SEEMA MUSTAFA | 17 NOVEMBER, 2018
Journalism, the Jim Acosta Kind
The essence of journalism, like the Constitution, cannot be changed without damage to democracy.
White House reporter Jim Acosta and the CNN have finally demonstrated what real journalism is, away from the embedded tag that American scribes chose to attach to themselves when they marched atop military tanks into Iraq to justify a thoroughly evil and immoral invasion. But in this face off between Acosta and US President Donald Trump, the American media came out trumps, with even the ultra-right wing Fox News (our very own Republic) joining forces with the rest to denounce the White house decision to ban Acosta and snatch away his hard pass.
And why? Simply because Acosta was doing his job of questioning the President as a good journalist is expected to do. As he said himself, and as we know but do not practice, journalists are in position to extract accountability from the powerful, and in particular the government of the day. And to do this without fear or favour, with independence and honesty. Of course those at the receiving end of the journalists interrogation for the truth do not like this and tend to shoot the messenger with varying degrees of ferocity. But there are few governments who let the media breathe, and allow it the space and the independence to act as a true watch dog for the respective country.
In this case too Trump did what was expected of a man who has shown zero tolerance for a free media. In fact while Acosta remained polite, but firm, it was the President of the United States who was offensive and rude in the brief interaction. The senior journalist, with the reputation of asking it as it is no matter what, did not back off and nor did he lose his temper. Trump on the other hand dissolved into a hostile and nasty politician who threatened and virtually abused the reporter by telling him what a bad job he and CNN were doing. Acosta did not even bother to dignify the comments with a reply, sticking instead to his question on the migration policy. And then to justify snatching away Acosta’s pass, the White House relied on a distorted video of the exchange that was then investigated and revealed as such by several media houses. CNN was just one of the many in this show of solidarity.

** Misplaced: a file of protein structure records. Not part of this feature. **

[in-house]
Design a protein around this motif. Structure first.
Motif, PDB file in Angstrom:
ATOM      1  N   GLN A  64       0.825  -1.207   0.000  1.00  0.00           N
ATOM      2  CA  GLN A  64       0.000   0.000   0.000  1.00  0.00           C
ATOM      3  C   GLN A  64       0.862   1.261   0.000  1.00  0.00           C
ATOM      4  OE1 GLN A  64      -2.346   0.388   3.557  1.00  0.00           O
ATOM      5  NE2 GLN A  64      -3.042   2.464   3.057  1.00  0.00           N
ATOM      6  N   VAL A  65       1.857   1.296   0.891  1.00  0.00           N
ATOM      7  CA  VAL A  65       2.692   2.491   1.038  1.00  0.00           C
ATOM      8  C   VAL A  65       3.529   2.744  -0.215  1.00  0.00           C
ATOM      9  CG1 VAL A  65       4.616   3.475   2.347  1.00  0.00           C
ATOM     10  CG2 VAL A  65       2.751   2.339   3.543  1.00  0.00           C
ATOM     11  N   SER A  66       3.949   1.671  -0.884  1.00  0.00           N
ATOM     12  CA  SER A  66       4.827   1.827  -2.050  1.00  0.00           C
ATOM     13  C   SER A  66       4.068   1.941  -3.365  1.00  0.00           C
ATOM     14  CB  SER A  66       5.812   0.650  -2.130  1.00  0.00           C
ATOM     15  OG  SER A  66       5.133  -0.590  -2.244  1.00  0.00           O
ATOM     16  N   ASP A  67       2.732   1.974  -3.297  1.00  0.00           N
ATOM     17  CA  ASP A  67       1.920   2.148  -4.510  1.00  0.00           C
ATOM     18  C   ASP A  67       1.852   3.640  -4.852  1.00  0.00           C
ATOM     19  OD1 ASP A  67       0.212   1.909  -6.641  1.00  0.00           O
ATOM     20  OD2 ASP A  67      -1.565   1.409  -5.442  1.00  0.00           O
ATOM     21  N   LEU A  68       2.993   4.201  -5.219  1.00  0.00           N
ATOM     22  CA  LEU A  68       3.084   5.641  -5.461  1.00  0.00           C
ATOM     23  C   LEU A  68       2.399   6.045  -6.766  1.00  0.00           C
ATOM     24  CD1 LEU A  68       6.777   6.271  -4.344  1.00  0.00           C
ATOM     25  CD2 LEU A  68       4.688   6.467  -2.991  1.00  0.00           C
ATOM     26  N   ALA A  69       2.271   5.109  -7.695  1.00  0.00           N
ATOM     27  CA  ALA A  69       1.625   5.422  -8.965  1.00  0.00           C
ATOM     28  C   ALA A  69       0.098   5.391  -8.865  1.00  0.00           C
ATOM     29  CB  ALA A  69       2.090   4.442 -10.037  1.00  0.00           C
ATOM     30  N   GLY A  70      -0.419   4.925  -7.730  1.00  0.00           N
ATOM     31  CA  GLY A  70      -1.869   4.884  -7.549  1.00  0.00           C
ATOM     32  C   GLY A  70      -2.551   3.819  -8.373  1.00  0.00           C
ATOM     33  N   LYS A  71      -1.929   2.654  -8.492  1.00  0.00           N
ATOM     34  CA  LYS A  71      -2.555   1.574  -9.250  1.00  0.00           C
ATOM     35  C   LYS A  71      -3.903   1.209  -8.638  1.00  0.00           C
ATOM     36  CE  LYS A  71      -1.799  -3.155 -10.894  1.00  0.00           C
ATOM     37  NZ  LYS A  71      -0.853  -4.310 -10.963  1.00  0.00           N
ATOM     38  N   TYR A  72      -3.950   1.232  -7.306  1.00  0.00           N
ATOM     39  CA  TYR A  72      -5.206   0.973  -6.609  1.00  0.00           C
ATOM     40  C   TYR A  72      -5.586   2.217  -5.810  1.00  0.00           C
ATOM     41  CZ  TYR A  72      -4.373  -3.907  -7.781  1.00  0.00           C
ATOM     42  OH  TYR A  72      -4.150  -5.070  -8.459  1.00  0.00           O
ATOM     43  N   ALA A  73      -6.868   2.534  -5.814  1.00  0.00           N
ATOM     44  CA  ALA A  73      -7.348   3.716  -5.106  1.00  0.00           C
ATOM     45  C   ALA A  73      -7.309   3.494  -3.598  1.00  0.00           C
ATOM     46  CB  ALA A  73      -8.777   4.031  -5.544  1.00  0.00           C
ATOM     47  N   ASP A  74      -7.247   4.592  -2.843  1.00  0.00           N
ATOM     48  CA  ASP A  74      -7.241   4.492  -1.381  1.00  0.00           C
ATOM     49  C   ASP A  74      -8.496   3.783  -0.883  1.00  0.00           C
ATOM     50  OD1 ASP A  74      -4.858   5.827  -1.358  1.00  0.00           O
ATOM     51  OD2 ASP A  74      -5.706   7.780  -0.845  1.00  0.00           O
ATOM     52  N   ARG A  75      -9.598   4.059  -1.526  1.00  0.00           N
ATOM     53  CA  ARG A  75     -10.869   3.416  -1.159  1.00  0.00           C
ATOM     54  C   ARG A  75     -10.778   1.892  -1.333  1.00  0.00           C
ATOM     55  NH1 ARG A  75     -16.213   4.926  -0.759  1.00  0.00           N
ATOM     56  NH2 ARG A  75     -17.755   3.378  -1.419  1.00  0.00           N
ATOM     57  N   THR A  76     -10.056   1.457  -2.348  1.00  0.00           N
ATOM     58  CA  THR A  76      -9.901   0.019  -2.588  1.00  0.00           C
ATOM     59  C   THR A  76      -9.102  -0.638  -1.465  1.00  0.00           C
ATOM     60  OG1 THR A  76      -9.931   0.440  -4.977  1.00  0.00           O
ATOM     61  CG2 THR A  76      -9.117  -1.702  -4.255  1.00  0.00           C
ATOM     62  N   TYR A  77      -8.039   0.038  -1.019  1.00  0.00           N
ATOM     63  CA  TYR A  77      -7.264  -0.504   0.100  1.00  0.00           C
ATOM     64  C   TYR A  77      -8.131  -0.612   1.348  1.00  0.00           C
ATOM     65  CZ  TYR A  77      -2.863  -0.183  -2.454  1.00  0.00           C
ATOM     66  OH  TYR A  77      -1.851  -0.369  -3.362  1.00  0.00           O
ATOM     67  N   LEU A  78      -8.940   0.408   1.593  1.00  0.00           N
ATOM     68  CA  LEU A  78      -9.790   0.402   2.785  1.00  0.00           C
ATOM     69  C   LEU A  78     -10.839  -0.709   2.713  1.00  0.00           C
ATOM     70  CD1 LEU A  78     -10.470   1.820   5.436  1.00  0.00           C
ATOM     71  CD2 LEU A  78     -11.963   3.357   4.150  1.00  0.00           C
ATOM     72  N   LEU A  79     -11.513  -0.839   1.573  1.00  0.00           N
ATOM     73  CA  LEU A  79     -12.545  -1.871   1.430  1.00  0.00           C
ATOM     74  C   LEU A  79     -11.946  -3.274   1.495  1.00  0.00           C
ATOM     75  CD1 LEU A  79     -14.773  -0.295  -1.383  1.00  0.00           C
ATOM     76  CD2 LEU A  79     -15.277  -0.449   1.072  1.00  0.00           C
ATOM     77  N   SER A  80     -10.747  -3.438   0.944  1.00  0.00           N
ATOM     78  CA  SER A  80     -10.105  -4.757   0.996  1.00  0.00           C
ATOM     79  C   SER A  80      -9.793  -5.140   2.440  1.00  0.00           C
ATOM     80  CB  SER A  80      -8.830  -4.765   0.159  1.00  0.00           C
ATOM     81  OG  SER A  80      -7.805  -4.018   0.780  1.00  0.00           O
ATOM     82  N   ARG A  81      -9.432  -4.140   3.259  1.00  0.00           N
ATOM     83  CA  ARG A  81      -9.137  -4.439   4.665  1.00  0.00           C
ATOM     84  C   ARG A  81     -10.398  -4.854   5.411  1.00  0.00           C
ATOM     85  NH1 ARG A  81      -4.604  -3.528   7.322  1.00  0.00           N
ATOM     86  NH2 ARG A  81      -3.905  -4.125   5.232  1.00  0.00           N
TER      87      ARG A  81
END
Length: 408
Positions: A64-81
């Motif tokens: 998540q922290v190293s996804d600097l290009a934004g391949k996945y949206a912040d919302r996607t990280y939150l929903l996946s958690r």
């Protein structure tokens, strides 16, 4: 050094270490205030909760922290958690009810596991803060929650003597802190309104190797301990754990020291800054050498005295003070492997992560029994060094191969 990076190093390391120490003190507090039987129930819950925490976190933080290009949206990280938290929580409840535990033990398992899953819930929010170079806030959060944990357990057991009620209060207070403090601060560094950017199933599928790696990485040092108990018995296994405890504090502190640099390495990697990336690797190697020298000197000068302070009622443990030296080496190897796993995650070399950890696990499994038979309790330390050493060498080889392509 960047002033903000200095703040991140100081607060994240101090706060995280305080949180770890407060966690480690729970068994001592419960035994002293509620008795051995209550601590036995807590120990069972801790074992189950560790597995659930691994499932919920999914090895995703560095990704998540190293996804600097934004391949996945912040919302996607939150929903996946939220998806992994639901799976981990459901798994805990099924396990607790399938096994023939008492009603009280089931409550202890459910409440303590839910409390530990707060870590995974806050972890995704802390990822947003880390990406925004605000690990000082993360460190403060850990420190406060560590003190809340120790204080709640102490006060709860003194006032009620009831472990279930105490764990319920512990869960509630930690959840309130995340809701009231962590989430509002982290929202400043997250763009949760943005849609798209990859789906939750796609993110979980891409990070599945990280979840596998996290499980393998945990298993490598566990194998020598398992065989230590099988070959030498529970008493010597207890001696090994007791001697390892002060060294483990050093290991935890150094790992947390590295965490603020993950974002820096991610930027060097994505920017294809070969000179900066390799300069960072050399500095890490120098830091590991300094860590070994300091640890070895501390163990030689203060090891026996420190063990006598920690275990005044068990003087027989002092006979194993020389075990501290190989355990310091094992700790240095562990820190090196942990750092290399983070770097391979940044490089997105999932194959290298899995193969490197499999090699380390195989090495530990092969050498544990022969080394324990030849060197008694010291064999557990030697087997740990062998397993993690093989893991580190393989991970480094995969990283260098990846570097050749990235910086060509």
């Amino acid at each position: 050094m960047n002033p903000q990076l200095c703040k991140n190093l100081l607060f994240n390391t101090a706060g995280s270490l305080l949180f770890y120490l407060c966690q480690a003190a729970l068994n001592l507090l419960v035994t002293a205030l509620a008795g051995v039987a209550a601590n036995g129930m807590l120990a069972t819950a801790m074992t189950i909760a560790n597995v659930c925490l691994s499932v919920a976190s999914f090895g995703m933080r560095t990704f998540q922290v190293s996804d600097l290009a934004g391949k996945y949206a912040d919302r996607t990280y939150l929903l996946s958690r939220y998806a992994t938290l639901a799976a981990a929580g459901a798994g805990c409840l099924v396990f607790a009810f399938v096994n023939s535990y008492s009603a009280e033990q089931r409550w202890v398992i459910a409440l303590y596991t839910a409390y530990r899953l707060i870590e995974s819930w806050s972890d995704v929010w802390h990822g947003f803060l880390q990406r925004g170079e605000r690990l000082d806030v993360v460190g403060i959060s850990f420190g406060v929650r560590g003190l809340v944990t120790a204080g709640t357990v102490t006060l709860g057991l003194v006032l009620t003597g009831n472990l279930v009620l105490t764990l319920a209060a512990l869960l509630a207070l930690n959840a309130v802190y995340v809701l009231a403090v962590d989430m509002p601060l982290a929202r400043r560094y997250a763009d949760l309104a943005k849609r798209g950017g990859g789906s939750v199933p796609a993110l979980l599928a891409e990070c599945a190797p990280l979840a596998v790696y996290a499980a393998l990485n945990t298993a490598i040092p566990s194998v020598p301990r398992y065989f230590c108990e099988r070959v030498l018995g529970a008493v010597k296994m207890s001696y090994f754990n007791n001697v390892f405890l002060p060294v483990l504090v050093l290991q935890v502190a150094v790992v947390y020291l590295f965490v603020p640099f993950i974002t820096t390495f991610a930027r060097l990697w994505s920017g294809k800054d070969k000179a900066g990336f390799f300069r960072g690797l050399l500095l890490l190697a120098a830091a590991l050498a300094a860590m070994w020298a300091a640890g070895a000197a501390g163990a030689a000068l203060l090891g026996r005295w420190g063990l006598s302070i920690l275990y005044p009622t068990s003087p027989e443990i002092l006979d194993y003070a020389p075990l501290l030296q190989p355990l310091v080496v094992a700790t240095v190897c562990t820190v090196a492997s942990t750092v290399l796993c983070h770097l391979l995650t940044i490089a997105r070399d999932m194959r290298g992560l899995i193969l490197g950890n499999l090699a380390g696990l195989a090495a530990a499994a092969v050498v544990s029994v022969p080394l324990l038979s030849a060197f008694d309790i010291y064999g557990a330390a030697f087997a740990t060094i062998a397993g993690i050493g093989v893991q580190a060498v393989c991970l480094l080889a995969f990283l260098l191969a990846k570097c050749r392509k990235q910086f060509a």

This makes one wonder what would have been the case in India had the media been united, honest, and independent. Where instead of licking the boots of the government of the day, to the point of circulating fake videos and justifying the worst kind of action, we the media had unitedly held the government responsible, questioned it, and ensured that it did not get away with the lies and distortions that we unfortunately, help it turn into truth. There was a time when such unity and fearlessness was visible, even if not the norm. Journalists at press conferences came together to place powerful leaders in the dock with hard hitting questions demanding an answer. They were not allowed to get away, at least not always.
Over the years the media has capitulated as have individual journalists. We are so busy questioning each other, that we have no questions left for those in power. In the US the institutions run, with Trump having to face the media even though he visibly hates it. And the Judge intervening now to ensure that the White House removes the ban on Acosta. India never had this policy. Access to the Prime Ministers Office was always determined by the media managers who made favouritism and loyalty the criteria. Travel with the PM was the lollipop earlier when the PM’s were more accessible than Narendra Modi, and any reporter or publication not meeting the tests of loyalty was struck off the list. Never to travel with the PM on any assignment, with the aircraft packed with loyal media buddies whose job was to give the travelling leader a puff job.